Comment: The West is all a-twitter of late with talk of the virus having come from that Wuhan lab. We assumed so ourselves when this outbreak gathered steam in January. But now we think Our Dear Leaders 'doth protesteth too much' - there's something they know about this virus that they're not telling us, and we reckon it has to do with it having leaked from an AMERICAN lab...

© Reuters / Leah Millis; Reuters / Vivek Prakash
US President Donald Trump hinted that a probe into the origins of the Covid-19 pandemic hasn't ruled out that it may have started in a lab in China, fanning the flames of a conspiracy theory that's turning increasingly mainstream.

Asked to comment on reports stating the US government had "high confidence" the Covid-19 outbreak "emanated" from a virology lab in the city of Wuhan at Wednesday's White House briefing, the president remained somewhat tight-lipped, but said just enough to lend credence to the increasingly popular claim.

"Well, I don't want to say that... but I will tell you, more and more we're hearing the story, and we'll see," he said.
We are doing a very thorough examination of this horrible situation.
A Washington Post report on Tuesday said American officials had visited the lab - the Wuhan Institute of Virology - in 2018 and later warned of lax safety protocols, which the Post says has now "fueled discussions inside the US government about whether this or another Wuhan lab was the source of the virus." The report acknowledged that any "conclusive proof" for the idea had yet to emerge, however.

Pressed further at the news briefing, Trump refused to elaborate on whether he asked Chinese President Xi Jinping about the alleged security issues at the lab in Wuhan, saying only "I don't want to discuss what I talked to him about the laboratory; I just don't want to discuss it, it's inappropriate right now."

One day after the Post report, Fox News ran a story blaring from its headline that "sources believe" the lethal pathogen originated in the Wuhan lab "as part of China's efforts to compete" with the United States. But US officials' supposed "increasing confidence" about the theory is only vouched for by unnamed interviewees, with a number of named sources voicing far less certainty on the issue.

"I would just say at this point, it's inconclusive, although the weight of evidence seems to indicate [the virus is] natural, but we don't know for certain," said General Mark Milley, the chairman of the Joint Chiefs of Staff.

Defense Secretary Mark Esper, meanwhile, was quoted as saying "Most people believe it began naturally - it was organic, if you will."

The theory is gaining prominence as the White House steps up a rhetorical assault on Beijing, increasingly blaming the Chinese government for a "cover-up" of the outbreak, which by most accounts began in a wildlife market in Wuhan. The World Health Organization (WHO) has also been caught in the fray, with Washington cutting the agency's funding, alleging it abetted the Chinese effort to conceal information about the virus in the early stages of the pandemic.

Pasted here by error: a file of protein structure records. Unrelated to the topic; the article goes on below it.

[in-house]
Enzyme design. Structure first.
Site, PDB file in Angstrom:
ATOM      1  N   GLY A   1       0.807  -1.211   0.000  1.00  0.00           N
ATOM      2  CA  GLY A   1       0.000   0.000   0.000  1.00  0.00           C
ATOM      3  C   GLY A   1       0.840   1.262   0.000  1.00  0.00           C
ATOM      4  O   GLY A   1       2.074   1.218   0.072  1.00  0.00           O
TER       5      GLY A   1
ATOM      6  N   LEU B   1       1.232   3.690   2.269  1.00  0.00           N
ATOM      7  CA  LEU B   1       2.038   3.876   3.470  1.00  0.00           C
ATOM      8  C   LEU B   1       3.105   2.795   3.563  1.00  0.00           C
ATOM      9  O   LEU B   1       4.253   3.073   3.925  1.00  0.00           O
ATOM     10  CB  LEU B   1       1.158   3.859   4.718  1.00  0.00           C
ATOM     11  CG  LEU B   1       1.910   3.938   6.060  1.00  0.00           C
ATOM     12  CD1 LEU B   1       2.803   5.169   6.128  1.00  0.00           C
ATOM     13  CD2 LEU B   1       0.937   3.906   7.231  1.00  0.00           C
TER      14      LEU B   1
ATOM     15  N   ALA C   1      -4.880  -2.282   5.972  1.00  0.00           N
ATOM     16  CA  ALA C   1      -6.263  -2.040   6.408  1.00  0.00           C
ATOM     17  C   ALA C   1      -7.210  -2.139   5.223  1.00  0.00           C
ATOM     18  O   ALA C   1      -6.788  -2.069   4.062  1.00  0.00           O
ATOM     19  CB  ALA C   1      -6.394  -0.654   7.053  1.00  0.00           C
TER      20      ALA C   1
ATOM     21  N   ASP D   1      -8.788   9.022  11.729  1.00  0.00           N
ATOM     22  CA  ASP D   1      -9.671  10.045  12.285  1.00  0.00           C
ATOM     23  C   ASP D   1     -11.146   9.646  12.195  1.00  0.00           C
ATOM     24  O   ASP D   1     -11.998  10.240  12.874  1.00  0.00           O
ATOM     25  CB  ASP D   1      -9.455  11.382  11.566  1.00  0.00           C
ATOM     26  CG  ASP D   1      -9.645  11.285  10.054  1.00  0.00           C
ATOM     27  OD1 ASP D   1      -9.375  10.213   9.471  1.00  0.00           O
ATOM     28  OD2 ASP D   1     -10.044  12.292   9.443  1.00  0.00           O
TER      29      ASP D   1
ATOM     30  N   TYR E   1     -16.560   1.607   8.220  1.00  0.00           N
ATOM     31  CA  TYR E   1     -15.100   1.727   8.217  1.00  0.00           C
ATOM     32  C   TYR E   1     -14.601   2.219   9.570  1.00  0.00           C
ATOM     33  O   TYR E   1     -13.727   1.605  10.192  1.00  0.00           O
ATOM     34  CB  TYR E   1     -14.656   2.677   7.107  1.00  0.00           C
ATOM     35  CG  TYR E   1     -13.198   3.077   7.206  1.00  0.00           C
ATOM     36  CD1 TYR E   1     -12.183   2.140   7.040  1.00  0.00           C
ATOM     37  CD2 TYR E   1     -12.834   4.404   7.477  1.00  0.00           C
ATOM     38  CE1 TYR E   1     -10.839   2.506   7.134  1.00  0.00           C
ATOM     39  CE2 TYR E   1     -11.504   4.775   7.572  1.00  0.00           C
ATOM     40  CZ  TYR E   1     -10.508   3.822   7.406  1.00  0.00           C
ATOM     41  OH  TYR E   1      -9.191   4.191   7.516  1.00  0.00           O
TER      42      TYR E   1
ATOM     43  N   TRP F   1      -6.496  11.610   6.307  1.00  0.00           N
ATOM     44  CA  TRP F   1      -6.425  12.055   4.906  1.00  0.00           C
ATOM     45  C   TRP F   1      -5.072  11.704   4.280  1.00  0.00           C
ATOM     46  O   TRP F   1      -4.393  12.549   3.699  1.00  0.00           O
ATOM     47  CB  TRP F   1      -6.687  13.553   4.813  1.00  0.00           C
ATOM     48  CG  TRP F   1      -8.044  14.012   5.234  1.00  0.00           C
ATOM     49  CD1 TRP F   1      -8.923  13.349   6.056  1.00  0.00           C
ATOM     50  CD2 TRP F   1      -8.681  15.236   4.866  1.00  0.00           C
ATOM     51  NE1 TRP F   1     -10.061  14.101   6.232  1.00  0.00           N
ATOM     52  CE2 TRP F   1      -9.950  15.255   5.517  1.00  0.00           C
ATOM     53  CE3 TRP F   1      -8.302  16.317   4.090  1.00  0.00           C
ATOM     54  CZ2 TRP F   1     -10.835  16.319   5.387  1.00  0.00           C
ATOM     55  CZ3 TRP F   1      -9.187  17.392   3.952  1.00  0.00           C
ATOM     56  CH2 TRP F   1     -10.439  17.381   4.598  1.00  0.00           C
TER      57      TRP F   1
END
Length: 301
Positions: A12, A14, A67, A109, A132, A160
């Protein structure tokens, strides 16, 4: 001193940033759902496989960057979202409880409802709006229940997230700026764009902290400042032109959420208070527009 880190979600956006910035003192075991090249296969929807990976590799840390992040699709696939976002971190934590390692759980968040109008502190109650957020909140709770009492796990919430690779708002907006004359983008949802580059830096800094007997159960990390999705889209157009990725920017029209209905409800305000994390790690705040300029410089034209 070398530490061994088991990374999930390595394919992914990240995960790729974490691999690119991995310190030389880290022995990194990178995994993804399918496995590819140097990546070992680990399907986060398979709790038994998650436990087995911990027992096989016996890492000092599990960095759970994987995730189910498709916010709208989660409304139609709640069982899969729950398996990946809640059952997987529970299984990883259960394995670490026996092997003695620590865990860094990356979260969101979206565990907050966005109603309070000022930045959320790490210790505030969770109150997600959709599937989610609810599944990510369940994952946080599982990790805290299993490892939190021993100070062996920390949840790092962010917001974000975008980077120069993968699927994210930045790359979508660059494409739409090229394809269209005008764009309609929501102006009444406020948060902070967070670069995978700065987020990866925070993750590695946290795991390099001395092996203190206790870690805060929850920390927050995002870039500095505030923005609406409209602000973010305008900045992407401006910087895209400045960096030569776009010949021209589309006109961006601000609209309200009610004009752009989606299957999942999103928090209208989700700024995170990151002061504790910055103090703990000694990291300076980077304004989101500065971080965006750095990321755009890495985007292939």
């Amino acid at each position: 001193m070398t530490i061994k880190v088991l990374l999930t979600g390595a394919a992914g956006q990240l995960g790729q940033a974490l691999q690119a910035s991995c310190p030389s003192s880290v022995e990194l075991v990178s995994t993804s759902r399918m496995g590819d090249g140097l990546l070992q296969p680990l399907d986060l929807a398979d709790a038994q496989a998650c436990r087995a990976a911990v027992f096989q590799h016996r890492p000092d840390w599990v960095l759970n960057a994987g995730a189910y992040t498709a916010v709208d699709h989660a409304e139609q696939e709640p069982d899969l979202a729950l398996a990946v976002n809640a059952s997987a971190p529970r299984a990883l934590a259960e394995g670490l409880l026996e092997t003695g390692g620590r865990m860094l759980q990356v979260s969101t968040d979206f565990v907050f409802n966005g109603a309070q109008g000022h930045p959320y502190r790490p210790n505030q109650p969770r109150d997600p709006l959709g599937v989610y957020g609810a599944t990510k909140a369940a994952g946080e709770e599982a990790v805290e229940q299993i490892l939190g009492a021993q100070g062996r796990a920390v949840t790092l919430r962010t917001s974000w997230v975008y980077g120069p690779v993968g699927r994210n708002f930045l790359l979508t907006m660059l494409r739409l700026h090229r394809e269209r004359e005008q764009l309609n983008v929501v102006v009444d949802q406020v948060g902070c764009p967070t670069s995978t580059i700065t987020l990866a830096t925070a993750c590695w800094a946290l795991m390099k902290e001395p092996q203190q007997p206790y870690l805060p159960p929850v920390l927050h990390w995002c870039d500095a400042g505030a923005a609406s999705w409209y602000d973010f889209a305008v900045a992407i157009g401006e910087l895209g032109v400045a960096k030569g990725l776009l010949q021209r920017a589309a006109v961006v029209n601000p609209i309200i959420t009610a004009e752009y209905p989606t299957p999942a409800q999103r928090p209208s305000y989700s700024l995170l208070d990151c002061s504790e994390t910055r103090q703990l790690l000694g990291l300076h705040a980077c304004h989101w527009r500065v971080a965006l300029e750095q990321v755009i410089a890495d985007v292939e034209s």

'No evidence' connecting Covid-19 to Wuhan lab - French official

A French presidential official has batted down rumors alleging a link between the coronavirus epidemic and a virology lab in Wuhan, reiterating that there is "no factual evidence" to support the increasingly US-backed claims.

"We would like to make it clear that there is to this day no factual evidence corroborating the information recently circulating in the United States press that establishes a link between the origins of COVID-19 and the work of the P4 laboratory of Wuhan, China," the official told reporters on Friday.

It isn't just the American media running with the unsubstantiated theory - French media have also latched onto it, buoyed by President Emmanuel Macron himself recently questioning whether Beijing had been entirely honest about what happened in the early days of the epidemic.

"There are clearly things that have happened that we don't know about," the president told the Financial Times on Thursday, suggesting it would be "naive" to claim China had handled the crisis better than France. His comments came after the French Foreign Ministry summoned the Chinese ambassador in response to an article on the Chinese Embassy's website suggesting some Western countries were abandoning elderly people to die in care homes, as had occurred in Spain.

China dismissed the quarrel as a "misunderstanding," with Foreign Ministry spokesman Lijian Zhao pointing out that Beijing had not made any negative comments about France's response to the crisis "and has no intention of making any."

While the US government has not officially accused Beijing of unleashing the coronavirus upon the world, it has hinted in a growing number of ways that the Chinese Communist Party is responsible for the epidemic, complaining of it covering up the outbreak, suppressing reports coming out of China, and - most recently - of lacking the "openness and transparency" supposedly needed to operate a safe virology lab. Beijing has repeatedly denied the allegations that Covid-19 originated in a Wuhan laboratory.